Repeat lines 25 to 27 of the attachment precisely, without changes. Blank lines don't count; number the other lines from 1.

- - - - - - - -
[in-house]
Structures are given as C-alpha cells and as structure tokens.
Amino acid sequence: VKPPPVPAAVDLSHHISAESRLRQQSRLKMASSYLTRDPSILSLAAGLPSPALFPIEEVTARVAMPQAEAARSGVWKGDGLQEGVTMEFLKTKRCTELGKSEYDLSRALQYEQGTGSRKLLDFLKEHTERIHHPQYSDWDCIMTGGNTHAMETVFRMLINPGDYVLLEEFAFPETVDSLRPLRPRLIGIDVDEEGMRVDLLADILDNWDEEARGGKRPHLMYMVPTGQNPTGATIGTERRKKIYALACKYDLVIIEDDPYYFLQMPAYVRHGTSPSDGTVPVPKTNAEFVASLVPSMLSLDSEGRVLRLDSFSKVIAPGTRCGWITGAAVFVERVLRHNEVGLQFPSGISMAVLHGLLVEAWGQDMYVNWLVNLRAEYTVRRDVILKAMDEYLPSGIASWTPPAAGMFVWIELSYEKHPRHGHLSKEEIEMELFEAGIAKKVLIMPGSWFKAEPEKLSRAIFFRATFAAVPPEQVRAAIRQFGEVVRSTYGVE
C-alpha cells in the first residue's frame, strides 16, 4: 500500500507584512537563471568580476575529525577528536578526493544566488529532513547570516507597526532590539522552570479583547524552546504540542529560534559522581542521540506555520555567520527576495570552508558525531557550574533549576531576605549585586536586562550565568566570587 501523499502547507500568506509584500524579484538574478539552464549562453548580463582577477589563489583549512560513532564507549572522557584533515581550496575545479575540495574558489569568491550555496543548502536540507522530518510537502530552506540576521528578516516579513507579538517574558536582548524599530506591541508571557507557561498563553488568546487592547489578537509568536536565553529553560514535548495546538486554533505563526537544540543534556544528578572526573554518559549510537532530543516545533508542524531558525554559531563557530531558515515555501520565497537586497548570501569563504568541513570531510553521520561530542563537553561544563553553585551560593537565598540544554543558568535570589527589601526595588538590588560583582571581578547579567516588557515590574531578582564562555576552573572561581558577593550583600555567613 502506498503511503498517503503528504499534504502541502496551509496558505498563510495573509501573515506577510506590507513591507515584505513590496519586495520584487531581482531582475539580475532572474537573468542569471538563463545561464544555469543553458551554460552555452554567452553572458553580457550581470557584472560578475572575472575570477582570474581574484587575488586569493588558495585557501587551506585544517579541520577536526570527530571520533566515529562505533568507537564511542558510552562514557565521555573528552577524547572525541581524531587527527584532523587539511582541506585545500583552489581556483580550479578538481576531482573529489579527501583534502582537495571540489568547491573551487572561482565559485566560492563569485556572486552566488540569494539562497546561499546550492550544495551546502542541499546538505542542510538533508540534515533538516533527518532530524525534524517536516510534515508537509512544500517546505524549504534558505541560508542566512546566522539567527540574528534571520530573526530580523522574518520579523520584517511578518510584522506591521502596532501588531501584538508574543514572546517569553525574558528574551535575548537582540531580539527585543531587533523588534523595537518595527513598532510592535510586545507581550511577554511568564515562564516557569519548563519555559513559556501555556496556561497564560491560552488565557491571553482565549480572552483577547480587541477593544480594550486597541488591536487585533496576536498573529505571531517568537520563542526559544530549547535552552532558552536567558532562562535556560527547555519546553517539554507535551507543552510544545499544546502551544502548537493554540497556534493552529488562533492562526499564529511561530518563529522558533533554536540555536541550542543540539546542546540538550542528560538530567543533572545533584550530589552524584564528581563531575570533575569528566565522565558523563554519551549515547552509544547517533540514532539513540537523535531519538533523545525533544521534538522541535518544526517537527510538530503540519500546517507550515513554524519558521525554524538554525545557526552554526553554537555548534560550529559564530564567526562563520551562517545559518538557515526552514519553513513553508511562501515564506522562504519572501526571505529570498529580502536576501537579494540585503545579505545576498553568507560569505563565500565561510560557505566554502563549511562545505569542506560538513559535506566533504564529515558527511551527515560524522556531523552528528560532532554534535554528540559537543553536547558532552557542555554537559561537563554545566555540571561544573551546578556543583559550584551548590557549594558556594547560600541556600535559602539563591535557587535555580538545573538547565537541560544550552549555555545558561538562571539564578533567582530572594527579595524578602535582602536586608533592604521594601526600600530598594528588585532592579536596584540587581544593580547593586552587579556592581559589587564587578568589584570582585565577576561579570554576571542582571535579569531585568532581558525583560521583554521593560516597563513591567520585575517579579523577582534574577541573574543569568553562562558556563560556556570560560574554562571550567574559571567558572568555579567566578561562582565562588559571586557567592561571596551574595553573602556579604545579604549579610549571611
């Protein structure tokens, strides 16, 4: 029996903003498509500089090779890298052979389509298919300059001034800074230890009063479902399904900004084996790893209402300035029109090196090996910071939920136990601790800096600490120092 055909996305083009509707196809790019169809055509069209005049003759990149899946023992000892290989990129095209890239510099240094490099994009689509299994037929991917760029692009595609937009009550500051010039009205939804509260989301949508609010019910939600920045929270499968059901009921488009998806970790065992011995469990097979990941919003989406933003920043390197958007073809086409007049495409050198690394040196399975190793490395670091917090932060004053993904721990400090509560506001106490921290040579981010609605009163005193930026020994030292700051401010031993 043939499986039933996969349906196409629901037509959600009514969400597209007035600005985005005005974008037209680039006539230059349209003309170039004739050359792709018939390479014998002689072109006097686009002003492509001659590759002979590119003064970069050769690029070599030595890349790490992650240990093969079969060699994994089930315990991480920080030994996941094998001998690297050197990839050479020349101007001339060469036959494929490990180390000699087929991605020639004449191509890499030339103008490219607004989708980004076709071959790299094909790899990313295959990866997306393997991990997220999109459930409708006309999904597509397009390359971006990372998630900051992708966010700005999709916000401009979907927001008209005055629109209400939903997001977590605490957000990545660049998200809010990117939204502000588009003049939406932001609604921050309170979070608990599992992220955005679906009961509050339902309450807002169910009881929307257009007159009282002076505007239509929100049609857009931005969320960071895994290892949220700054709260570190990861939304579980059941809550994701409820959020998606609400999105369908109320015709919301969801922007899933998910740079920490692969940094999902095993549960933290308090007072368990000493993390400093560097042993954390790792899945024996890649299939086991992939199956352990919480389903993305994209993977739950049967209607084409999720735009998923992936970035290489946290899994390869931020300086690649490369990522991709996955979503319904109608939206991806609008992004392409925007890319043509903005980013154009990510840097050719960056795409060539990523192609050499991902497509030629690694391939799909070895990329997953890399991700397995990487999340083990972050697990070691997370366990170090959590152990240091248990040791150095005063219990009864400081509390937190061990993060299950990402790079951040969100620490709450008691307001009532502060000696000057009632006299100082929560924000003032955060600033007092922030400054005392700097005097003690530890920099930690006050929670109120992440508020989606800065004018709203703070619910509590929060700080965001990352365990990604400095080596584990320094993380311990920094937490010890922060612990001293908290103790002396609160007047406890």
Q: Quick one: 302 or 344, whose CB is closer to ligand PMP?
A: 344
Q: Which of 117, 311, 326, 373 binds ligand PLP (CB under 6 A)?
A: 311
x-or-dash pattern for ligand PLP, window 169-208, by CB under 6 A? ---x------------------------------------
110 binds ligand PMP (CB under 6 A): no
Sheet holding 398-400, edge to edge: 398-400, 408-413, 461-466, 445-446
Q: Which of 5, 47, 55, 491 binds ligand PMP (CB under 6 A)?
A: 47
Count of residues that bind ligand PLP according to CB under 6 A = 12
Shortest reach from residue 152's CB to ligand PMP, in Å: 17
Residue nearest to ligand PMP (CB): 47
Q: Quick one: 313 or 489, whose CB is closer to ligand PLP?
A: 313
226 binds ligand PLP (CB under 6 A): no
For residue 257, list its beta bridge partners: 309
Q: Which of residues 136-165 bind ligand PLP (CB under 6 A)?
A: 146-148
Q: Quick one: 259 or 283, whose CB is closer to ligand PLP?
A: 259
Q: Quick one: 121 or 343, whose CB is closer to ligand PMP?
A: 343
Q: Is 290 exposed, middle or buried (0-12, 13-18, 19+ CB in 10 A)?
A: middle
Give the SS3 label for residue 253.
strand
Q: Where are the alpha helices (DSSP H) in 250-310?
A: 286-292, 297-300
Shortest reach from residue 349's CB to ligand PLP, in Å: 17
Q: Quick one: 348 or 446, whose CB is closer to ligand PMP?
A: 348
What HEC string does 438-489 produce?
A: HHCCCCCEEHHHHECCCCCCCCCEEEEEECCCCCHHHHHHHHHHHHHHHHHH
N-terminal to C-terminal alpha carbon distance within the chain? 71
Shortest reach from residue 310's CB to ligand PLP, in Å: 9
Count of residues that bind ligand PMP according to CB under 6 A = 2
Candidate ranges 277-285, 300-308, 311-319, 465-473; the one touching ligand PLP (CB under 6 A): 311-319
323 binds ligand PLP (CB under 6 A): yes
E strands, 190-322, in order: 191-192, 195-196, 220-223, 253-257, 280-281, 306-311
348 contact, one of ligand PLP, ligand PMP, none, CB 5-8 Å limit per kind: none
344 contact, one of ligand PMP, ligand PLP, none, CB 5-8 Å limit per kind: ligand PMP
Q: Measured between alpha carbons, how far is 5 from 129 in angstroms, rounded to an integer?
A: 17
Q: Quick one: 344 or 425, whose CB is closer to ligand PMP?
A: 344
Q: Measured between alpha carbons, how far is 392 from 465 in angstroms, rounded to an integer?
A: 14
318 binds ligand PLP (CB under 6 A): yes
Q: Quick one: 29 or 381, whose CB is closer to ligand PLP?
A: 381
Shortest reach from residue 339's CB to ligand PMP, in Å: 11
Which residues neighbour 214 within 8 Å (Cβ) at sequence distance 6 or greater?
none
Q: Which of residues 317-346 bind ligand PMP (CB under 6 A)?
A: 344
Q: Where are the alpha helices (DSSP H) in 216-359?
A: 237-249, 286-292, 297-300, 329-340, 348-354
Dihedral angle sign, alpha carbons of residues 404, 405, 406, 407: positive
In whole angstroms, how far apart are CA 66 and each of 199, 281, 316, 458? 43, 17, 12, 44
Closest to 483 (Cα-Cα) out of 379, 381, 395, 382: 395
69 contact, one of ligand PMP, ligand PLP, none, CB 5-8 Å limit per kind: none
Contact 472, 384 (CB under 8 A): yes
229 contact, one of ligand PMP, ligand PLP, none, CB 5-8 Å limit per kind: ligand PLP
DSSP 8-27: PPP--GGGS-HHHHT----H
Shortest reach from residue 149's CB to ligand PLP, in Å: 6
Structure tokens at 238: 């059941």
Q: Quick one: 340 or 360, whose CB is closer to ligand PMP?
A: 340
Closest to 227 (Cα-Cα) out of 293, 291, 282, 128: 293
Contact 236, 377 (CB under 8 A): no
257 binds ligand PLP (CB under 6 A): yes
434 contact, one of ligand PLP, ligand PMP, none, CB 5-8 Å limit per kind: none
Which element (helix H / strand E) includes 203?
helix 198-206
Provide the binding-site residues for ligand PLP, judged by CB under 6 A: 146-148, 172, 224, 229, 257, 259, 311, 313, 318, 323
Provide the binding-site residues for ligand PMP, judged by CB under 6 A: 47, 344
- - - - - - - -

A: 259
Q: Quick one: 121 or 343, whose CB is closer to ligand PMP?
A: 343